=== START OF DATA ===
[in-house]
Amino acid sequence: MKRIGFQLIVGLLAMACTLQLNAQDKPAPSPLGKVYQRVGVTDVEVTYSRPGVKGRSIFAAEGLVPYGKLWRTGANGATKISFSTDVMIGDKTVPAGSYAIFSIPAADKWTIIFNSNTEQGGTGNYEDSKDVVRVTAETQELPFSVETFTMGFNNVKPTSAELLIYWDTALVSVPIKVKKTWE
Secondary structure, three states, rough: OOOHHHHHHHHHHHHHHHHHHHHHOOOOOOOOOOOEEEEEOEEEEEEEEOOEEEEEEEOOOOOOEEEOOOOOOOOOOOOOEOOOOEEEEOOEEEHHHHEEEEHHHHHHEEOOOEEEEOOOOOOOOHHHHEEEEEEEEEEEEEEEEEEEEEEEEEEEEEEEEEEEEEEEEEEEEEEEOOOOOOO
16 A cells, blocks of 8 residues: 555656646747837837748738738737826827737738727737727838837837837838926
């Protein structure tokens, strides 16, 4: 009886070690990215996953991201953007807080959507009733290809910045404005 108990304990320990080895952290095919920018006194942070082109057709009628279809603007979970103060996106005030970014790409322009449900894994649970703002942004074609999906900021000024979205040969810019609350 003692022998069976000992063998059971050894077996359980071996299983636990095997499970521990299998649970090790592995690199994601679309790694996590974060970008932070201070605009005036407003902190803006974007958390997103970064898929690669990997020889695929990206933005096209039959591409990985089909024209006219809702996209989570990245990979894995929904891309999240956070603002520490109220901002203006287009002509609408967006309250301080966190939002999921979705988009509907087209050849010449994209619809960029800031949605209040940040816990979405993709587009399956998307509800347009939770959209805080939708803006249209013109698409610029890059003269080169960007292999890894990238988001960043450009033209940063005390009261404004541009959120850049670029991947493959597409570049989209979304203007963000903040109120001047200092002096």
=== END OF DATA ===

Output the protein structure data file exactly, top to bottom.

[in-house]
Amino acid sequence: MKRIGFQLIVGLLAMACTLQLNAQDKPAPSPLGKVYQRVGVTDVEVTYSRPGVKGRSIFAAEGLVPYGKLWRTGANGATKISFSTDVMIGDKTVPAGSYAIFSIPAADKWTIIFNSNTEQGGTGNYEDSKDVVRVTAETQELPFSVETFTMGFNNVKPTSAELLIYWDTALVSVPIKVKKTWE
Secondary structure, three states, rough: OOOHHHHHHHHHHHHHHHHHHHHHOOOOOOOOOOOEEEEEOEEEEEEEEOOEEEEEEEOOOOOOEEEOOOOOOOOOOOOOEOOOOEEEEOOEEEHHHHEEEEHHHHHHEEOOOEEEEOOOOOOOOHHHHEEEEEEEEEEEEEEEEEEEEEEEEEEEEEEEEEEEEEEEEEEEEEEEOOOOOOO
16 A cells, blocks of 8 residues: 555656646747837837748738738737826827737738727737727838837837837838926
């Protein structure tokens, strides 16, 4: 009886070690990215996953991201953007807080959507009733290809910045404005 108990304990320990080895952290095919920018006194942070082109057709009628279809603007979970103060996106005030970014790409322009449900894994649970703002942004074609999906900021000024979205040969810019609350 003692022998069976000992063998059971050894077996359980071996299983636990095997499970521990299998649970090790592995690199994601679309790694996590974060970008932070201070605009005036407003902190803006974007958390997103970064898929690669990997020889695929990206933005096209039959591409990985089909024209006219809702996209989570990245990979894995929904891309999240956070603002520490109220901002203006287009002509609408967006309250301080966190939002999921979705988009509907087209050849010449994209619809960029800031949605209040940040816990979405993709587009399956998307509800347009939770959209805080939708803006249209013109698409610029890059003269080169960007292999890894990238988001960043450009033209940063005390009261404004541009959120850049670029991947493959597409570049989209979304203007963000903040109120001047200092002096």